The word 'hope' to those who are broken-hearted is start-ling, to them it is poison. If you speak of hope to the broken-hearted they say, "Do not speak of it, I do not wish to hear of it!". The state of the broken-hearted is worse than death; they are without ambition, without hope, without life. The one who is broken-hearted is dead while he is alive; the breath is still there, but his heart is dead, life has gone with the hope that was lost. He may not be old in years, but he has become old.
To him who is heartless hope is a ridiculous word. The heartless, he whose heart is incapable of feeling, will say, "Hope? What is it? See what you can do, and do it. Do not dream". This is the material person who can see no further than the material possibilities.
In the life of Christ we see that enemies, difficulties and helplessness were all around - and confidence in the truth of the message gave hope to carry it through. If there had not been hope, the thought "I will bring the message", what material possibility was there of spreading the message? This whole manifestation has hope as its underlying motive. Nature first hoped to produce the world and then produced it.
In the Orient people have the habit of depending upon kismet, fate, and this is a source of weakness. If an astrologer tells a Brahmin, "After so many years such and such a calamity will come upon you", the Brahmin does not even make an effort to fight against misfortune; he awaits it and accepts it. If a man is told, "In such a year you will become very ill", he does not even try to avoid the illness. They do not consider that hope can avert misfortune and can turn aside even the influence of the planets. Where no possibility of attaining the object is given, a strong hope can attain it.
Without going to the mystics this can be seen in the history of kings. Mahmud Ghaznavi was a slave. What possibility was there for him to become a king? With only hope he started from Turkistan and founded a kingdom in Afghanistan. Of Timur is told that once he was lying asleep in the jungle. He was going through such a hard time that he did not even have a place to lie down, hardly any clothes, nothing. A dervish happened to pass that way and saw Timur lying in the hot sun where not even an animal would lie. He went nearer and saw about this man some signs of greatness. He also saw a sign of bad luck, and that sign was that Timur, while asleep, was lying with his legs crossed. He saw that this man himself was the hindrance to his undertakings. The dervish had a stick and hit him so hard that the bone of his leg broke. Timur woke up feeling a great pain. He said, "O dervish, this is very unkind! I already have such hard luck, and you break my bone". The dervish replied, "My son, your bad luck is gone. You will be emperor". There seemed to be no possibility for it; Timur had no army, no clothes even, and now his bone was broken. But after great striving and after many years he became the emperor Timur Leng.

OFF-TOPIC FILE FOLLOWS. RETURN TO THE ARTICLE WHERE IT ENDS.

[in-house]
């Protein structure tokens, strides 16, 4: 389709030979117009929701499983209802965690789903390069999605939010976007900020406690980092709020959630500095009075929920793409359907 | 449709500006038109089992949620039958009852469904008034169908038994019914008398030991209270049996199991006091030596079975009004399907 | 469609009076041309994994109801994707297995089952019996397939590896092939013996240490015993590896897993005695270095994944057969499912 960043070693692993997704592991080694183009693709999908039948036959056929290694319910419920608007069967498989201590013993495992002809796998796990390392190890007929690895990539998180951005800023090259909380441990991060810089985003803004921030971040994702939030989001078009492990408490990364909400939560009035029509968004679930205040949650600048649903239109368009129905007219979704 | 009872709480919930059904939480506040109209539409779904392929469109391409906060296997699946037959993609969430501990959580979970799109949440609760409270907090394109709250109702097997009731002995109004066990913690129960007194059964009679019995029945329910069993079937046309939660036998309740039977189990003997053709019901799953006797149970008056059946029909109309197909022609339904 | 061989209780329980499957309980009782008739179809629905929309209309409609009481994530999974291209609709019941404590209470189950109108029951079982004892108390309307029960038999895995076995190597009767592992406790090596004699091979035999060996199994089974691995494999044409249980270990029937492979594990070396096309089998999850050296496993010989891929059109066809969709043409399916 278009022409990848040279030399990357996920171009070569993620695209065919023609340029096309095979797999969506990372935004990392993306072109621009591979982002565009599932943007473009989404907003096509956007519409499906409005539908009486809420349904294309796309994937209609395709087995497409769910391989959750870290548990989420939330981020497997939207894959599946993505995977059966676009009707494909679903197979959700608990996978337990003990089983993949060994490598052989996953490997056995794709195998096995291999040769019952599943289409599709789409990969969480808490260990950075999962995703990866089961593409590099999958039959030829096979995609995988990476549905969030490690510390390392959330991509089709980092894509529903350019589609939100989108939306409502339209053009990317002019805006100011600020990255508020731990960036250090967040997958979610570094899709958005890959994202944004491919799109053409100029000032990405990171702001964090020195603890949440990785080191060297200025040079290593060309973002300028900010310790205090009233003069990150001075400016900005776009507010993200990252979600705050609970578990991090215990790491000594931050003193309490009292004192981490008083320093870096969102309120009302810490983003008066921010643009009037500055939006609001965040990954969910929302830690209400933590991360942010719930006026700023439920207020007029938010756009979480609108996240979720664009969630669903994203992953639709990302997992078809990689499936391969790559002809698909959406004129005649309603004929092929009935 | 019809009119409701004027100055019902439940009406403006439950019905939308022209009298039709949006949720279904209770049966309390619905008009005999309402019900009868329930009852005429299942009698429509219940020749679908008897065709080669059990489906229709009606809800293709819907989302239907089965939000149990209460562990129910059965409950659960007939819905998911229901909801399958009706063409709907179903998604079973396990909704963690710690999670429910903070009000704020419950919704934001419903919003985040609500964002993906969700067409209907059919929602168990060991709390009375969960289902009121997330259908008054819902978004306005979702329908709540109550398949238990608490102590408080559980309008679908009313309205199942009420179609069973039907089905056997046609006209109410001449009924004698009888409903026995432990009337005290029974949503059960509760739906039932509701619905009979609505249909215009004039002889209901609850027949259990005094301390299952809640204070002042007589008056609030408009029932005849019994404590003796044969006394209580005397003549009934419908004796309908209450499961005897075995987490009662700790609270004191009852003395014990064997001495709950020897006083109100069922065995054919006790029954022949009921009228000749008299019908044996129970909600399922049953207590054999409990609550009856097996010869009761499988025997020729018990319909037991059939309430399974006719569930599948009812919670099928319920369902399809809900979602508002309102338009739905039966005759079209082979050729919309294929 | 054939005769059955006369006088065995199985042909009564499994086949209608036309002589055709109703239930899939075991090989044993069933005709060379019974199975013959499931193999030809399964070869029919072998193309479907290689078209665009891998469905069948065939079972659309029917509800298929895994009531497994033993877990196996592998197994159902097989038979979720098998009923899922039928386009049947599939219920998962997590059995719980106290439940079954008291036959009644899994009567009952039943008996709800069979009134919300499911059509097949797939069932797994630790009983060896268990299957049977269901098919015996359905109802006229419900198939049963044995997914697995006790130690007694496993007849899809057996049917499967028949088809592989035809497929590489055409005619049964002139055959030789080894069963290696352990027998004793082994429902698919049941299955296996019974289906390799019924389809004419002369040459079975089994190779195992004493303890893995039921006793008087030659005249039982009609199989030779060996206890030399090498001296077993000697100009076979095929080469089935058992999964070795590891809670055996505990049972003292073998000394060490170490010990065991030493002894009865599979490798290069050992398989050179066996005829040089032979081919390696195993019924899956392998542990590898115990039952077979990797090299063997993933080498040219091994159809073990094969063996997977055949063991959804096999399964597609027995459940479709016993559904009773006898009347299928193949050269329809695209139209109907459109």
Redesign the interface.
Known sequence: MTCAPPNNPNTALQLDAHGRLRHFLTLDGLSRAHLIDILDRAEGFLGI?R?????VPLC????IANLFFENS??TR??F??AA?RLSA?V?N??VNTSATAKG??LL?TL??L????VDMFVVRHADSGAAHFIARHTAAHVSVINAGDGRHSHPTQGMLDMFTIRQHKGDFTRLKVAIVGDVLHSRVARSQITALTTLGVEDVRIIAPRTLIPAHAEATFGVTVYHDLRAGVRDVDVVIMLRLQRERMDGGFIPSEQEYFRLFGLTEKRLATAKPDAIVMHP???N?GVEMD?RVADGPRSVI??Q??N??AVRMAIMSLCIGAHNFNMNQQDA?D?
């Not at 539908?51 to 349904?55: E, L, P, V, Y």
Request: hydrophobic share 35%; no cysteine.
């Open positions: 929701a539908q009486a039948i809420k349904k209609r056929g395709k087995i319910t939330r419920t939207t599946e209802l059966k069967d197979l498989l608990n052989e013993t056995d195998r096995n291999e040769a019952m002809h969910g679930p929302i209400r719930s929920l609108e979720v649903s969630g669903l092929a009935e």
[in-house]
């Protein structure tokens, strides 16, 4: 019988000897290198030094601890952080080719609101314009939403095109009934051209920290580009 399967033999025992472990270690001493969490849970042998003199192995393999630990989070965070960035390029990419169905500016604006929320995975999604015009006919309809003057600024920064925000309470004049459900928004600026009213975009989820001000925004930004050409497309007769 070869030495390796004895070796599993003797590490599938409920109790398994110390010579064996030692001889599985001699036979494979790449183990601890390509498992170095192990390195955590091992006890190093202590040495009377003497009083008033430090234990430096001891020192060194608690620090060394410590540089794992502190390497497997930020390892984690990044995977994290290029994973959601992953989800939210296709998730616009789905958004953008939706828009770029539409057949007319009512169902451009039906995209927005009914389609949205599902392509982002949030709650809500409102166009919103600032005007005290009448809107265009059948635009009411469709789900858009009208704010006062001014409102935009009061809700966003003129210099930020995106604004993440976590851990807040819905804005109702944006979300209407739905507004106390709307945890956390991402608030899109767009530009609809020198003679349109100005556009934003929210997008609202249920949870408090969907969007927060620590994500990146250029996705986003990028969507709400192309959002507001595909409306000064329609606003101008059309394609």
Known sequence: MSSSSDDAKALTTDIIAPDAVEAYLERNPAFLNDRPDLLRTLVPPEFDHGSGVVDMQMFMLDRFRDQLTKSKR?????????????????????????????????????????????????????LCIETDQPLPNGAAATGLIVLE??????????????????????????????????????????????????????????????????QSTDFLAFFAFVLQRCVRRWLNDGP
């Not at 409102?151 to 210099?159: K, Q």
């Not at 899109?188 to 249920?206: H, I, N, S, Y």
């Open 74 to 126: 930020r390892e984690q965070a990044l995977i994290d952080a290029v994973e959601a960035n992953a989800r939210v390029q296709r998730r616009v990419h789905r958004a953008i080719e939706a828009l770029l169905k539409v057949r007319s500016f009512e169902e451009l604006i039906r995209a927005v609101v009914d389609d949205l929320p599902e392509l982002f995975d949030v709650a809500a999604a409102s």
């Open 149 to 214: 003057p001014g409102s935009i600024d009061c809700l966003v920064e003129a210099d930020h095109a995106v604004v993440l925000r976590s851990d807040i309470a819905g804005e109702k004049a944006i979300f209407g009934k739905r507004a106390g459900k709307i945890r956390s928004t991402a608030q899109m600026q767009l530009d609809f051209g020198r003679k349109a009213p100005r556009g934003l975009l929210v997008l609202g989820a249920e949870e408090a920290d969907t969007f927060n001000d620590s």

All works that have been accomplished have been accomplished by hope. Without hope the engineer could not have built a bridge across the Thames; he hoped, and then he built it. Without hope the Suez Canal, a thing that seemed impossible, could not have been cut.
One may ask, "How long shall I hope? I have hoped once and I have been disappointed; I have hoped a second time and I have been disappointed; I have hoped a third time and I have been disappointed". I will say "Hope until the last breath. While there is breath in the body, hope".
A person may lose hope in his profession or trade. For instance he may have gone to a singer to take singing lessons for one or two months, or for one or two years, and then he may think, "I am not getting on with this, I should stop singing. I believe I have no voice". Or he may think, "I am not getting on in my business. I cannot make it a success, I should give it up". The ill is not changing of profession or business, but giving up altogether. If the person thinks, "Now I wish to be a poet", and becomes a poet, then he is not hopeless; or if he thinks, "Now I wish to compose", and becomes a composer; or "I should be a teacher", and becomes a teacher, then he is not hopeless.
People say that doctors now have found remedies for so many diseases, but I say that the cause of most illnesses is loss of hope. In the pharmacy there is no such great remedy for all diseases as hope is. Even when the disease is incurable, hope cures it.
The question arises: What hope is right, and what hope is not right? A wise person will never hope for what is impossible. Hoping to be a queen, when there are no means of being a queen, is hoping the impossible. First we must know what is possible - this is wisdom - and then we must hope. The Qur'an speaks of khawf, hope with consideration. This word does not mean fear, as it has sometimes been translated, but consideration, conscientiousness. Hope with the consideration of the purpose for which the manifestation was made, with the consideration of God-that hope is always right. Hope without consideration is wrong.
Why with consideration? Because we must not hope for what is wrong, for what is bad. We must hope with the fear of God before us. The hope must be so strong that, if to-day we are penniless, we must think that there is every possibility that tomorrow we may be a millionaire. If to-day our own relations do not know us, we must think that there is every possibility that to-morrow we may be known to the whole world.